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# When using a number mask for permission representation there are only a few basic permissions

4: Read
2: Write
1: Execute

# Combined you get this table

+-----+---+--------------------------+
| rwx | 7 | Read, write and execute  |
| rw- | 6 | Read, write              |
| r-x | 5 | Read, and execute        |
| r-- | 4 | Read,                    |
| -wx | 3 | Write and execute        |
| -w- | 2 | Write                    |
| --x | 1 | Execute                  |
| --- | 0 | no permissions           |
+------------------------------------+
  
# The permissions for user, group and other are listet after each other when looking them up

+------------+------+-------+
| Permission | Octal| Field |
+------------+------+-------+
| rwx------  | 700  | User  |
| ---rwx---  | 070  | Group |
| ------rwx  | 007  | Other |
+------------+------+-------+
  
# This boils down to this
  
  +------------------------+-----------+
| chmod u=rwx,g=rwx,o=rx | chmod 775 | For world readable directories
|                        |           |   Members of group can change files
| chmod u=rwx,g=rx,o=    | chmod 750 | For group readable directories
|                        |           |   Members of group can change files
| chmod u=rwx,go=        | chmod 700 | For private direcories
+------------------------+-----------+
# Check if 'webmasters' group exist

cat /etc/group | grep webmasters

# Create 'webmasters' group

sudo addgroup webmasters

# Add users to 'webmasters' group

sudo usermod -a -G webmasters username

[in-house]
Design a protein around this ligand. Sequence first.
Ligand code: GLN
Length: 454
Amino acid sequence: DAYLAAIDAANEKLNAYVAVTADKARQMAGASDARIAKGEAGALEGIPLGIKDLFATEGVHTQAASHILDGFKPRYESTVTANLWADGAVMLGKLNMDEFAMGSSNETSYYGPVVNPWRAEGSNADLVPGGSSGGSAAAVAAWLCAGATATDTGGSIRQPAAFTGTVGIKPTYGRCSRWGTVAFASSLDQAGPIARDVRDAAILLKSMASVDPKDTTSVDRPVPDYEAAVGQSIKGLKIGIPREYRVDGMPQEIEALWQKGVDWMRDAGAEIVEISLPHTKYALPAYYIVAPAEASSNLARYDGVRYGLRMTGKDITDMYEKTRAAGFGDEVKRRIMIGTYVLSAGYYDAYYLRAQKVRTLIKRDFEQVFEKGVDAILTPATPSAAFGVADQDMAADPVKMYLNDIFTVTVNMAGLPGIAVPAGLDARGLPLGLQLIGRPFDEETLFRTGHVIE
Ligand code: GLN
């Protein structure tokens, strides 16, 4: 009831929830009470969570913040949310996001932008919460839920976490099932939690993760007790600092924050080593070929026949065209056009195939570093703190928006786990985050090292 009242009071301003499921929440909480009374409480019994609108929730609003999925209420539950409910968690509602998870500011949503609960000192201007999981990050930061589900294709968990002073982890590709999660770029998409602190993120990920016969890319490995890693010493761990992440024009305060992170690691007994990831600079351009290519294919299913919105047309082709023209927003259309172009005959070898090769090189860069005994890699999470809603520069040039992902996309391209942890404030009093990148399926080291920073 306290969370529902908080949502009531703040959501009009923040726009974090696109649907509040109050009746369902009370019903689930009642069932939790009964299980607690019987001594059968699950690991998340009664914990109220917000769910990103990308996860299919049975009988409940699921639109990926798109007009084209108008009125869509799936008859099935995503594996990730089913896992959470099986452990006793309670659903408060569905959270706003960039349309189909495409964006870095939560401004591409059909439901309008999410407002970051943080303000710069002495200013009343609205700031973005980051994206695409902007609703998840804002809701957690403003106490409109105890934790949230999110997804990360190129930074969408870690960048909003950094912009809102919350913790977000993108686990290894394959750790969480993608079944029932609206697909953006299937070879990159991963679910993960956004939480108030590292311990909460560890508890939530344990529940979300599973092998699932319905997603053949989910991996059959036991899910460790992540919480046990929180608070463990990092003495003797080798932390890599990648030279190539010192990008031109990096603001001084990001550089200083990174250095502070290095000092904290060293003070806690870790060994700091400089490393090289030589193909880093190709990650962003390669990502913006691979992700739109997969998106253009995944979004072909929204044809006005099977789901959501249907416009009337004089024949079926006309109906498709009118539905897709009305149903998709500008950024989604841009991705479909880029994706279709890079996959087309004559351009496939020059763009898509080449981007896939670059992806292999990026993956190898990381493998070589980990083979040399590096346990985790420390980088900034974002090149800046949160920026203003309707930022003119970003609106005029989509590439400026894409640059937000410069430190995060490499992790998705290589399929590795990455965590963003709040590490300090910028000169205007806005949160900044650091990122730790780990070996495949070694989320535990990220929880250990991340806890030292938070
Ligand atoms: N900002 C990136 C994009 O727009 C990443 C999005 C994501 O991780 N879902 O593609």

# Group assignment changes won't take effect
# until the users log out and back in.


# Change group owner of the directory to webmaster user

sudo chgrp -R webmasters /etc/nginx/
  
# Give write permission to the group

sudo chmod -R g+w /etc/nginx/
  
# Create file as different user

sudo -u username touch /etc/nginx/test.txt
# Create user with access only to specific directory

adduser --home /restricted/directory restricted_user

# Make user owner of directory and grant write access

chown restricted_user:user_group /restricted/directory
chmod 755 /restricted/directory
# ssh-copy-id takes care of adding your key in the right place

ssh-copy-id -i "user@hostname.example.com -p2222"

# If you don't use -i all of your public keys will be copied over.
# Also a alias for the host can be used if configured in your ssh config.

# You will be asked for the password and after that all should be taken care of.
star

Mon Jun 21 2021 20:45:00 GMT+0000 (UTC) https://www.grymoire.com/Unix/Permissions.html

#authentification #permissions
star

Mon Jun 21 2021 20:32:43 GMT+0000 (UTC) https://askubuntu.com/questions/488485/allowing-a-group-read-write-access-to-a-directory

#authentification #permissions
star

Mon Jun 21 2021 20:27:00 GMT+0000 (UTC) https://qastack.com.de/superuser/149404/to-create-an-ssh-user-who-only-has-permission-to-access-specific-folders

#authentification
star

Mon Jun 21 2021 10:21:52 GMT+0000 (UTC) https://askubuntu.com/a/265646

#ssh #server #authentification #network

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